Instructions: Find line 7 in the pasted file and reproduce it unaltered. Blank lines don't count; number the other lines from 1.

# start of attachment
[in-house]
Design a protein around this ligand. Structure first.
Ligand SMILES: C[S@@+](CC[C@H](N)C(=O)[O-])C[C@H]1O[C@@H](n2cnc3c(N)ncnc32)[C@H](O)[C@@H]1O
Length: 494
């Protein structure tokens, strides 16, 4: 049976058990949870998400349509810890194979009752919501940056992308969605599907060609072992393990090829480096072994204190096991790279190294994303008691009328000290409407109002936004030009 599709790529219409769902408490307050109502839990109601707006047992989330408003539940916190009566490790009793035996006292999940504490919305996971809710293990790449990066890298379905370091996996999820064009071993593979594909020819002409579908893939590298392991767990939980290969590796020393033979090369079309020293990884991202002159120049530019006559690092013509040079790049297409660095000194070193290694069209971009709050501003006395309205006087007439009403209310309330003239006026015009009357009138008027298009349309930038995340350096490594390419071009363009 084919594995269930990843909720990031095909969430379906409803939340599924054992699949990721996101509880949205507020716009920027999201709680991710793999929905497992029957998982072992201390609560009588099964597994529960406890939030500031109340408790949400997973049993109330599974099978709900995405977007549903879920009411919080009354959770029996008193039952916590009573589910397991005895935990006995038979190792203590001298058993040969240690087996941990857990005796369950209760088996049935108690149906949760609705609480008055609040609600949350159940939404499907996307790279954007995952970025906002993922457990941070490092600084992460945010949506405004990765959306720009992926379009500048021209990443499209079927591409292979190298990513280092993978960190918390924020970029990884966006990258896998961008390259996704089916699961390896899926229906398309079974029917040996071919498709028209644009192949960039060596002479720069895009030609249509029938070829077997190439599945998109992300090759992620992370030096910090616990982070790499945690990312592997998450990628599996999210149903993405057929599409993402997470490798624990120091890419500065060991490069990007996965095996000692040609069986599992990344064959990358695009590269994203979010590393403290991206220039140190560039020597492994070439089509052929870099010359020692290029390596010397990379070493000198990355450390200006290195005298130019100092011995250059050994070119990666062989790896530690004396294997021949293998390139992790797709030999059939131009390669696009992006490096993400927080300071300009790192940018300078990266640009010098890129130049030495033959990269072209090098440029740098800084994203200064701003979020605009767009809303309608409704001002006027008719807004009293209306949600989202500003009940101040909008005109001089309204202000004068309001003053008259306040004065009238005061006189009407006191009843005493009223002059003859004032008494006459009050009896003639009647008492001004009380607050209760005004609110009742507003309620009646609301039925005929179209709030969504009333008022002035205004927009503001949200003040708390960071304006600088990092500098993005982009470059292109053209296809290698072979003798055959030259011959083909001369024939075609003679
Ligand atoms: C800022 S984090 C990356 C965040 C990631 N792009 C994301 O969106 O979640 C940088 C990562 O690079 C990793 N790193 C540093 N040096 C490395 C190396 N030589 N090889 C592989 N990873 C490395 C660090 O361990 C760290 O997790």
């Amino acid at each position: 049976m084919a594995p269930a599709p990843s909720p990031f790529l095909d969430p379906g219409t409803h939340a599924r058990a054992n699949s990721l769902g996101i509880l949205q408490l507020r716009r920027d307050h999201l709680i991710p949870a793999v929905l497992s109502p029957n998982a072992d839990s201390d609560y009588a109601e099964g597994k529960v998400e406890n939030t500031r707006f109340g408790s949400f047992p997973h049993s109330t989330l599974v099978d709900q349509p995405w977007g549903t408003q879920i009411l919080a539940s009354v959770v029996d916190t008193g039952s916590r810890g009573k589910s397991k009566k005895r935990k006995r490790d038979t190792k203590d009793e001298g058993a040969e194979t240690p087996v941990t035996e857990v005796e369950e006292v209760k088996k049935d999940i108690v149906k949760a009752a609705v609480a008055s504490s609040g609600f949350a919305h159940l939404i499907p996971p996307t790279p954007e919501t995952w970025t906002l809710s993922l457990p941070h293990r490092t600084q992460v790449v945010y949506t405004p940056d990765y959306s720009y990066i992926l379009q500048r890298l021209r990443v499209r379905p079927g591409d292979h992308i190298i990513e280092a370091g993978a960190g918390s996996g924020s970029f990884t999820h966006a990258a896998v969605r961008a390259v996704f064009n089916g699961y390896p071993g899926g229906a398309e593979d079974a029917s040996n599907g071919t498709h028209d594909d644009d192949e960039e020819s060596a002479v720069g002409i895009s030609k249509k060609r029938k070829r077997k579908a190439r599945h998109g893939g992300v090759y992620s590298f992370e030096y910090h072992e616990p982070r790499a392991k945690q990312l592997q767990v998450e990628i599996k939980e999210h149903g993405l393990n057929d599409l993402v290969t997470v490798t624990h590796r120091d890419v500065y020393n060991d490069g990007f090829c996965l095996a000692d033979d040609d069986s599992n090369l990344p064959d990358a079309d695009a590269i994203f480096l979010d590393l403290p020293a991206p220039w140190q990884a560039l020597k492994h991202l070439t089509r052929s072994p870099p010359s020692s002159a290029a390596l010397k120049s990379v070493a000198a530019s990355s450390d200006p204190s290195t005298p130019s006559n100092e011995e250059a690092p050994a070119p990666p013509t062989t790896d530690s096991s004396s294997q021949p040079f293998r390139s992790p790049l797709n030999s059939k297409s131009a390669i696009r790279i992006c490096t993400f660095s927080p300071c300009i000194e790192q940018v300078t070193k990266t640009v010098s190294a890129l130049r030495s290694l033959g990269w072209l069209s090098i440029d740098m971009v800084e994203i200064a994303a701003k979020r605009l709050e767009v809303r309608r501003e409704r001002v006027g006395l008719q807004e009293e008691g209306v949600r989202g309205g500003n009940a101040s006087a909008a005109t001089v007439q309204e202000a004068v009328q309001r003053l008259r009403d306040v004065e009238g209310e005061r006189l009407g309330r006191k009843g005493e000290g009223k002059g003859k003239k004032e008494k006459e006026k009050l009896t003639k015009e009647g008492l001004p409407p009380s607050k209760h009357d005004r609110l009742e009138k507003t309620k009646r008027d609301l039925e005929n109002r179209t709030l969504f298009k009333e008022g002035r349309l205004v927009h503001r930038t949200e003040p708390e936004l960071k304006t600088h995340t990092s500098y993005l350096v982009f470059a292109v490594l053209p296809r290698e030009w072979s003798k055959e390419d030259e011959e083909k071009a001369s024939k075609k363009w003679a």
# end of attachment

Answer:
């Amino acid at each position: 049976m084919a594995p269930a599709p990843s909720p990031f790529l095909d969430p379906g219409t409803h939340a599924r058990a054992n699949s990721l769902g996101i509880l949205q408490l507020r716009r920027d307050h999201l709680i991710p949870a793999v929905l497992s109502p029957n998982a072992d839990s201390d609560y009588a109601e099964g597994k529960v998400e406890n939030t500031r707006f109340g408790s949400f047992p997973h049993s109330t989330l599974v099978d709900q349509p995405w977007g549903t408003q879920i009411l919080a539940s009354v959770v029996d916190t008193g039952s916590r810890g009573k589910s397991k009566k005895r935990k006995r490790d038979t190792k203590d009793e001298g058993a040969e194979t240690p087996v941990t035996e857990v005796e369950e006292v209760k088996k049935d999940i108690v149906k949760a009752a609705v609480a008055s504490s609040g609600f949350a919305h159940l939404i499907p996971p996307t790279p954007e919501t995952w970025t906002l809710s993922l457990p941070h293990r490092t600084q992460v790449v945010y949506t405004p940056d990765y959306s720009y990066i992926l379009q500048r890298l021209r990443v499209r379905p079927g591409d292979h992308i190298i990513e280092a370091g993978a960190g918390s996996g924020s970029f990884t999820h966006a990258a896998v969605r961008a390259v996704f064009n089916g699961y390896p071993g899926g229906a398309e593979d079974a029917s040996n599907g071919t498709h028209d594909d644009d192949e960039e020819s060596a002479v720069g002409i895009s030609k249509k060609r029938k070829r077997k579908a190439r599945h998109g893939g992300v090759y992620s590298f992370e030096y910090h072992e616990p982070r790499a392991k945690q990312l592997q767990v998450e990628i599996k939980e999210h149903g993405l393990n057929d599409l993402v290969t997470v490798t624990h590796r120091d890419v500065y020393n060991d490069g990007f090829c996965l095996a000692d033979d040609d069986s599992n090369l990344p064959d990358a079309d695009a590269i994203f480096l979010d590393l403290p020293a991206p220039w140190q990884a560039l020597k492994h991202l070439t089509r052929s072994p870099p010359s020692s002159a290029a390596l010397k120049s990379v070493a000198a530019s990355s450390d200006p204190s290195t005298p130019s006559n100092e011995e250059a690092p050994a070119p990666p013509t062989t790896d530690s096991s004396s294997q021949p040079f293998r390139s992790p790049l797709n030999s059939k297409s131009a390669i696009r790279i992006c490096t993400f660095s927080p300071c300009i000194e790192q940018v300078t070193k990266t640009v010098s190294a890129l130049r030495s290694l033959g990269w072209l069209s090098i440029d740098m971009v800084e994203i200064a994303a701003k979020r605009l709050e767009v809303r309608r501003e409704r001002v006027g006395l008719q807004e009293e008691g209306v949600r989202g309205g500003n009940a101040s006087a909008a005109t001089v007439q309204e202000a004068v009328q309001r003053l008259r009403d306040v004065e009238g209310e005061r006189l009407g309330r006191k009843g005493e000290g009223k002059g003859k003239k004032e008494k006459e006026k009050l009896t003639k015009e009647g008492l001004p409407p009380s607050k209760h009357d005004r609110l009742e009138k507003t309620k009646r008027d609301l039925e005929n109002r179209t709030l969504f298009k009333e008022g002035r349309l205004v927009h503001r930038t949200e003040p708390e936004l960071k304006t600088h995340t990092s500098y993005l350096v982009f470059a292109v490594l053209p296809r290698e030009w072979s003798k055959e390419d030259e011959e083909k071009a001369s024939k075609k363009w003679a």